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What NCQA Recognition Means for Patients With Diabetes

Robert A. Gabbay, MD, PhD, FACP
Joslin Diabetes Center has earned the highest level of recognition from the National Committee for Quality Assurance, which cited the center's strengths in communication, access, and coordination of care in the citation for a Patient-Centered Specialty Practice.
In January, just as the previous issue of Evidence-Based Diabetes Management was going to press, Joslin Diabetes Center received important news that I am proud to share: Joslin has earned the highest level of recognition from the National Committee for Quality Assurance (NCQA) as a Patient-Centered Specialty Practice (PCSP).
 
The PCSP designation is modeled on and complements NCQA’s Patient-Centered Medical Home (PCMH) Recognition Program. Many of you in primary care are familiar with the Medical Home model; it uses the concept of teamwork to improve the patient experience, takes a population-based approach to manage those in the practice with risk stratication, proactive care and outreach for those in need, and has been shown to improve outcomes in a variety of different primary care settings.
 
The PCSP recognition highlights the rest of the continuum of specialists (“Neighbors of the Medical Home”) that are needed to provide outstanding diabetes care. It is clear for diabetes, as much as for any chronic disease, that optimal care requires a team-based approach: primary care providers, endocrinologists, ophthalmologists, nephrologists, diabetes educators, dietitians, and a broad coordinated neighborhood are needed to achieve optimal results. The “neighbors” of medical specialties are those that surround and inform the medical home and colleagues in primary care.
 
Being recognized for providing quality care is always good news, but this news truly sets us apart. “Three-level” recognition by the NCQA as a Patient-Centered Specialty Practice (PCSP) means that Joslin was cited for its responsiveness both to patients and to medical colleagues, for its cooperation with healthcare groups, and for its dedication to continuous improvement. NCQA’s standards are well recognized, as the organization is celebrating its 25th year of working to improve healthcare quality by providing both standards of measurement and transparency for the benet of providers and consumers.
 
For patients with diabetes, knowing that a healthcare provider is responsive to others is exceedingly important. Much of the challenge of living with diabetes involves dealing with “the system” and its many moving parts, which at times seem incapable of working together on one’s behalf. That’s why PCSP recognition is so special.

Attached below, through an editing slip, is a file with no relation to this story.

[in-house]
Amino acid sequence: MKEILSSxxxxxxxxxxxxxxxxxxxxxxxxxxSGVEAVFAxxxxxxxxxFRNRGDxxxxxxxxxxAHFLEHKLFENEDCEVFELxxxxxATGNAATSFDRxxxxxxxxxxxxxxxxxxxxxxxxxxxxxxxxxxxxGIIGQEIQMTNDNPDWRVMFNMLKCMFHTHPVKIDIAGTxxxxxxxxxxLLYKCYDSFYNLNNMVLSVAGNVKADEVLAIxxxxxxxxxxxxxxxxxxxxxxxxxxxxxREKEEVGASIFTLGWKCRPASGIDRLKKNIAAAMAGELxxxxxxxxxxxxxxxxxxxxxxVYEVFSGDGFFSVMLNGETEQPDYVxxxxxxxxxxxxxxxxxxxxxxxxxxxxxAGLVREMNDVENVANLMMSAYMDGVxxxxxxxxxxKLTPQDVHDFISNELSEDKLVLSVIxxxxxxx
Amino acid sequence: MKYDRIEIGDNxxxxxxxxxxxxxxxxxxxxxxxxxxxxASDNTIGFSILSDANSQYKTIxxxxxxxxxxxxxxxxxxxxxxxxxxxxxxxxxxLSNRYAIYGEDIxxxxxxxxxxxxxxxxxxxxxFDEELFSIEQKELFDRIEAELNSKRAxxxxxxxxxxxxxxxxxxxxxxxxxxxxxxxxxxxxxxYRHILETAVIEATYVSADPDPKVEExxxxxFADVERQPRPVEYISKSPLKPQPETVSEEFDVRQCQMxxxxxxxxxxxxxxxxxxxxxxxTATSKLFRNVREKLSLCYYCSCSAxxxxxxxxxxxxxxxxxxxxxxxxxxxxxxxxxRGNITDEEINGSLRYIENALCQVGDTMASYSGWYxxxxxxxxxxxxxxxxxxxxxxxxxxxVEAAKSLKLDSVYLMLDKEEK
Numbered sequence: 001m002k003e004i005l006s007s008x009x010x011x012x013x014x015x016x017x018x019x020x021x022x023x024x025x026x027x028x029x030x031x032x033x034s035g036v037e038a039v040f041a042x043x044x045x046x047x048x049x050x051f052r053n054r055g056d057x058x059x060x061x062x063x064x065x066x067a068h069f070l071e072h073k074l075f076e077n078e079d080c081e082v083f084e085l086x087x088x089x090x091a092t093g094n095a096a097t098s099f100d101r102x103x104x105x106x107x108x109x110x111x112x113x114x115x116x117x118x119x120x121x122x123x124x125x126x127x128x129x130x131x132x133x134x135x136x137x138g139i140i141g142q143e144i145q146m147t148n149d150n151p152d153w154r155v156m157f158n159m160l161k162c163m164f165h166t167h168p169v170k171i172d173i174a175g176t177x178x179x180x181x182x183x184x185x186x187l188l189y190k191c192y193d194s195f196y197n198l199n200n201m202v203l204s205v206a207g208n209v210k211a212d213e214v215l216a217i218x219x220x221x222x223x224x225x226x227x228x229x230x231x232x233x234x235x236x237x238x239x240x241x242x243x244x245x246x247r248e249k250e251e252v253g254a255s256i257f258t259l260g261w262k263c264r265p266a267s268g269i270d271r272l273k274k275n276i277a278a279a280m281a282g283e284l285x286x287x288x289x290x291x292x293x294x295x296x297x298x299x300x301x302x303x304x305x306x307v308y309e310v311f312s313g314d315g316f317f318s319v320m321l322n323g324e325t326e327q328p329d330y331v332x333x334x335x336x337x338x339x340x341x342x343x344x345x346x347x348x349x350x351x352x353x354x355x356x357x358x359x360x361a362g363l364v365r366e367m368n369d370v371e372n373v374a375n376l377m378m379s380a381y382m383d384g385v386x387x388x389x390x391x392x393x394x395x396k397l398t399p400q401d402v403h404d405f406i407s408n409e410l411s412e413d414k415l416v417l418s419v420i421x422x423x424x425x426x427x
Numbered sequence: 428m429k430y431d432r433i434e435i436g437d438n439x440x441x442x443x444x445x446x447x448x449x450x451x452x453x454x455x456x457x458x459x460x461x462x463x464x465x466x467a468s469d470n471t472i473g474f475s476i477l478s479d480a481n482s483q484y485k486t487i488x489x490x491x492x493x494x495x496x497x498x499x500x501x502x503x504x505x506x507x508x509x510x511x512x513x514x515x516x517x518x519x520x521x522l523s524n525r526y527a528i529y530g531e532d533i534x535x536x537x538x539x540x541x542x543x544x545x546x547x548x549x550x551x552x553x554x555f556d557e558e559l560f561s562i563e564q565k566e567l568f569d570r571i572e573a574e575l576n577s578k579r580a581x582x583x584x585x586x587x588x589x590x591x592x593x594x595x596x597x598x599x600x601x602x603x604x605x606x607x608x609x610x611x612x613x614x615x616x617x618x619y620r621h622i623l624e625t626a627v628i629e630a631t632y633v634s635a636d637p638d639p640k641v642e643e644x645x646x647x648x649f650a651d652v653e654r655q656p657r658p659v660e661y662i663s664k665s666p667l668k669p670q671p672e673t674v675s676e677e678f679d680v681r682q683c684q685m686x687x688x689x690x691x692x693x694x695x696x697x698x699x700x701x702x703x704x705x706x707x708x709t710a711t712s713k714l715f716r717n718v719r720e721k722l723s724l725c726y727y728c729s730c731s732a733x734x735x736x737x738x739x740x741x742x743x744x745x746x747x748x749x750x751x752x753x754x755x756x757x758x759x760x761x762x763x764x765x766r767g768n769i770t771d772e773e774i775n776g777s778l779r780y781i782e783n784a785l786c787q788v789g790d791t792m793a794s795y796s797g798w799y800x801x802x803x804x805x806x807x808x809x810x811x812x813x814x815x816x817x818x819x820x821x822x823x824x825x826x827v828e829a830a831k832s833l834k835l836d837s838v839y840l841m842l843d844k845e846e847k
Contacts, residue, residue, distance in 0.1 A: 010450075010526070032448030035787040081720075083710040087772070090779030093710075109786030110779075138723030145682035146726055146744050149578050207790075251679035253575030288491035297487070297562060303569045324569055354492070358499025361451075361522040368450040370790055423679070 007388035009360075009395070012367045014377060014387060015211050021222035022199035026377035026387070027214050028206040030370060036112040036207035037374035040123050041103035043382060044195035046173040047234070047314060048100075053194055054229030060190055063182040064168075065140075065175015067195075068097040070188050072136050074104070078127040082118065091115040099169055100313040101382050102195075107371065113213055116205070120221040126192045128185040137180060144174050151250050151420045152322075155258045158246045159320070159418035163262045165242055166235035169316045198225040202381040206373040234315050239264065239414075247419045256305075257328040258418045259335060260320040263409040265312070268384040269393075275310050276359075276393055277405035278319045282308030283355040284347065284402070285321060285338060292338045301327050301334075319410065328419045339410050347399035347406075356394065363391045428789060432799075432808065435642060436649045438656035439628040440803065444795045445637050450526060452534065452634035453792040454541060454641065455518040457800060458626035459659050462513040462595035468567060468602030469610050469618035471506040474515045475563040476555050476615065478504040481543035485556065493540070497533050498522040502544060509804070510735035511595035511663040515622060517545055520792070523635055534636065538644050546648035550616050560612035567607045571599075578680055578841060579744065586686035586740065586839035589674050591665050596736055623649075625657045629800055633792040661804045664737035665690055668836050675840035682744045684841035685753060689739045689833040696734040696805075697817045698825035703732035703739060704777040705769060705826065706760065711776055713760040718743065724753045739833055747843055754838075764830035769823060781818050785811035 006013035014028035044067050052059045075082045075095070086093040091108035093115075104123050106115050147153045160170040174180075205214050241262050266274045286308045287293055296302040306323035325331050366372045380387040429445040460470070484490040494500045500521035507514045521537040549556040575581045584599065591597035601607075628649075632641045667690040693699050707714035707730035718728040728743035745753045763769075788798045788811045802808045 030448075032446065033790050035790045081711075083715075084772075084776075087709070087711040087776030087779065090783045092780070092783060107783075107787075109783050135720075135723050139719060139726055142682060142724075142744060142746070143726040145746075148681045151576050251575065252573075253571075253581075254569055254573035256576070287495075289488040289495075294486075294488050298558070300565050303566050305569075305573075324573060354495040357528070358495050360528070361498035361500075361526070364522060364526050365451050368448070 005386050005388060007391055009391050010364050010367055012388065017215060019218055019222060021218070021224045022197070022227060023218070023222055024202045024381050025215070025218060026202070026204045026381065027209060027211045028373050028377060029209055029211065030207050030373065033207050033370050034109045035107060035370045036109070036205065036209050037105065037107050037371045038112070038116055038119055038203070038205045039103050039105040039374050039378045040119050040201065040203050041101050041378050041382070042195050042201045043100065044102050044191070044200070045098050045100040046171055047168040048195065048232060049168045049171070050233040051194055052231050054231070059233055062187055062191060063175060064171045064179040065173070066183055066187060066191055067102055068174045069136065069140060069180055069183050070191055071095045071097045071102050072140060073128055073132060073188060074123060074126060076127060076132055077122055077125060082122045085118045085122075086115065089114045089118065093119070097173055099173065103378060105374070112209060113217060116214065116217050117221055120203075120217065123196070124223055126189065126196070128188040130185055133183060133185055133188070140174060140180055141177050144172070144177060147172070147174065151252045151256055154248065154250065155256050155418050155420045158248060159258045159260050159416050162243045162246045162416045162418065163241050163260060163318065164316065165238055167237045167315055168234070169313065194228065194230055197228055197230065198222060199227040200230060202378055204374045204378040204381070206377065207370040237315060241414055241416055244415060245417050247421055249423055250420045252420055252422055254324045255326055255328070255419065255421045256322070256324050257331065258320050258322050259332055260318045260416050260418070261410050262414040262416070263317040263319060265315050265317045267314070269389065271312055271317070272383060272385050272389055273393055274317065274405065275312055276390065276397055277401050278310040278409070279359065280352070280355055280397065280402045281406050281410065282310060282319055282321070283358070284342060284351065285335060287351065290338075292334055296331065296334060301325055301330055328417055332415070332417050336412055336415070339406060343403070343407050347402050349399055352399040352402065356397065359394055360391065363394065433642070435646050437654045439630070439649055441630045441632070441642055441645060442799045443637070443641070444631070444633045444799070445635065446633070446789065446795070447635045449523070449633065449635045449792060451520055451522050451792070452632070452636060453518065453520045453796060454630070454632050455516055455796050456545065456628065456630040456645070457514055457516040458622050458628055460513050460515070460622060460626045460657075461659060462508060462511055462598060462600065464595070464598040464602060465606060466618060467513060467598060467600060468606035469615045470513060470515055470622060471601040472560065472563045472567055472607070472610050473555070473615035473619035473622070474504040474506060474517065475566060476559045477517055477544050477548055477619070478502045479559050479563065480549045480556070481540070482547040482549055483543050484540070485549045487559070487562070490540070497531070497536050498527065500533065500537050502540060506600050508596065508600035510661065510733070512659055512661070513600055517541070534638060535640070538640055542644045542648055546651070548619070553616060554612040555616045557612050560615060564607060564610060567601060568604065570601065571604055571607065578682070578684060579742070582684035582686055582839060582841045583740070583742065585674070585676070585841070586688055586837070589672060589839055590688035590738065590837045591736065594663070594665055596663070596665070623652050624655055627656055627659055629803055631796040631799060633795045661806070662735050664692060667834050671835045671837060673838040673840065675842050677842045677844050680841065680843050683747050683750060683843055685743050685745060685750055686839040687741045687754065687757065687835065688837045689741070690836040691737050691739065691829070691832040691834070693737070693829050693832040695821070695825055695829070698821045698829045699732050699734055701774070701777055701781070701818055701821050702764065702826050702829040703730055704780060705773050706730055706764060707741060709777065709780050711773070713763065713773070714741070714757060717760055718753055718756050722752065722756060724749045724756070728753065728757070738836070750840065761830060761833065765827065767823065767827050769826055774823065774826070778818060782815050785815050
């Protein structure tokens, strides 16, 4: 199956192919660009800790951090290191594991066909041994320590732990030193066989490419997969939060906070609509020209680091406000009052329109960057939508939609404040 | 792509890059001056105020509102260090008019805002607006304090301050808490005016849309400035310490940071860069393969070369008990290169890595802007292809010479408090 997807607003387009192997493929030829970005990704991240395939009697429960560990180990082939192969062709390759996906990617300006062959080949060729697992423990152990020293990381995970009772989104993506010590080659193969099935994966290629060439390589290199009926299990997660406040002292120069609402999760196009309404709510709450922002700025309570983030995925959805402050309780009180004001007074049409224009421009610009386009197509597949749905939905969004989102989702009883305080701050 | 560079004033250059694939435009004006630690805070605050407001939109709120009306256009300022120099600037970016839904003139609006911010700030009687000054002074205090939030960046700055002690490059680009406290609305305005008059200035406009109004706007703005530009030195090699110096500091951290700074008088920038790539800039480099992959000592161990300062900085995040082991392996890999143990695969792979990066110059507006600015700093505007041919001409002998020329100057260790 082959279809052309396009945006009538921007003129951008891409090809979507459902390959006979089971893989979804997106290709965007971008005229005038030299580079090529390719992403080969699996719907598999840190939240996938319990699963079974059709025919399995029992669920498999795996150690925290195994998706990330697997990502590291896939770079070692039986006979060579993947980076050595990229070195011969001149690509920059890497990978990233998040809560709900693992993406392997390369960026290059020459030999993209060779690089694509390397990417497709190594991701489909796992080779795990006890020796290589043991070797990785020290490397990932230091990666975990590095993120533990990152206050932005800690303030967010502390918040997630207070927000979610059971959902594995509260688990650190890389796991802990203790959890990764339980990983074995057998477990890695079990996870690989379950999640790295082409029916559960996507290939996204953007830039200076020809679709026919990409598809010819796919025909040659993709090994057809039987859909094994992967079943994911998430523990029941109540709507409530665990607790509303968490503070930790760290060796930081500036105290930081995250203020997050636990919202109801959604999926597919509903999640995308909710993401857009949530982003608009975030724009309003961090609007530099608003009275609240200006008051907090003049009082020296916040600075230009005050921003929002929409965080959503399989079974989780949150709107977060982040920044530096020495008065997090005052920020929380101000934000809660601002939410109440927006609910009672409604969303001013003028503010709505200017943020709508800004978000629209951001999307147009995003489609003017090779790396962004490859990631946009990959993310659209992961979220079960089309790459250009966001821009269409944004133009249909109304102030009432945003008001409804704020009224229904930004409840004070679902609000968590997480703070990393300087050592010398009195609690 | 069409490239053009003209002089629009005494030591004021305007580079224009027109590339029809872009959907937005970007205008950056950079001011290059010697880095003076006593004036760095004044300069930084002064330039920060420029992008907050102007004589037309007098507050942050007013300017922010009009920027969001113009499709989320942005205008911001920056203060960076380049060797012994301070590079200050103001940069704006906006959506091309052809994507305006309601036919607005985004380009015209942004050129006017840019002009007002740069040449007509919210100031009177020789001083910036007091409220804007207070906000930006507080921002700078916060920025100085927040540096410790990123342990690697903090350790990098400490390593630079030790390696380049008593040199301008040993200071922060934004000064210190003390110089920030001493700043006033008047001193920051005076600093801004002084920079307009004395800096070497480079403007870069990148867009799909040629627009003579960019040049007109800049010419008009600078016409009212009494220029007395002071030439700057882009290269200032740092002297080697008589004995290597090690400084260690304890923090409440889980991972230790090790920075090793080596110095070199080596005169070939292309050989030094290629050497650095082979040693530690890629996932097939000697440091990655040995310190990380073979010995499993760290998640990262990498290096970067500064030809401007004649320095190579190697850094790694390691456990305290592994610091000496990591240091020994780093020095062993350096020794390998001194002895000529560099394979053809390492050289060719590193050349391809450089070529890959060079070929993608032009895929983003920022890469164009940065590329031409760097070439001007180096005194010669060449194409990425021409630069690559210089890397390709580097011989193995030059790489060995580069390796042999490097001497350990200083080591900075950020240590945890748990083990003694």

The thinking behind both models is simple: adapt the care to the patient, instead of expecting the patient to adapt to the care. In diabetes care, especially, we ask so much from our patients. Persons with type 1 diabetes mellitus (T1DM) typically check their blood sugar several times a day, and they have to take insulin. Those with type 2 diabetes mellitus (T2DM) may take a host of medications, including insulin. There are challenges to focusing on a healthy meal plan and exercise. We ask patients to follow up on referrals to eye or foot specialists and then they need to coordinate care across the many providers, often spread across different health systems.  
 
Everyone at Joslin is proud to have met or exceeded national standards for:
 
• Communicating with primary care clinicians to exchange key information and establish coordinated care plans
• Providing timely access to care and clinical advice based on patient need
• Using a systematic approach to track referrals and coordinate care
• Measuring and improving performance over time.
 
The last measure is especially important, because we must constantly monitor our quality of care, not just to keep up current standards but also to seek new ways to improve delivery, either through better technology or through feedback we get from patients and families.
 
Notice how much of this designation involves the mechanics of how we provide care—coordination, tracking, referring. These are the components that make up the patient experience. As important as it is to have groundbreaking clinical research, to have the people who will one day nd a cure for diabetes, it is essential that we do all we can to make care as seamless as possible for those who must live with this disease today. Doing a better job of coordinating care, of making sure referrals are properly tracked, of making sure that patients receive follow-up care—all these things produce results such as better glycemic control, fewer complications, and fewer days in the hospital or the emergency department. And that’s the ultimate goal of patient-centered care.
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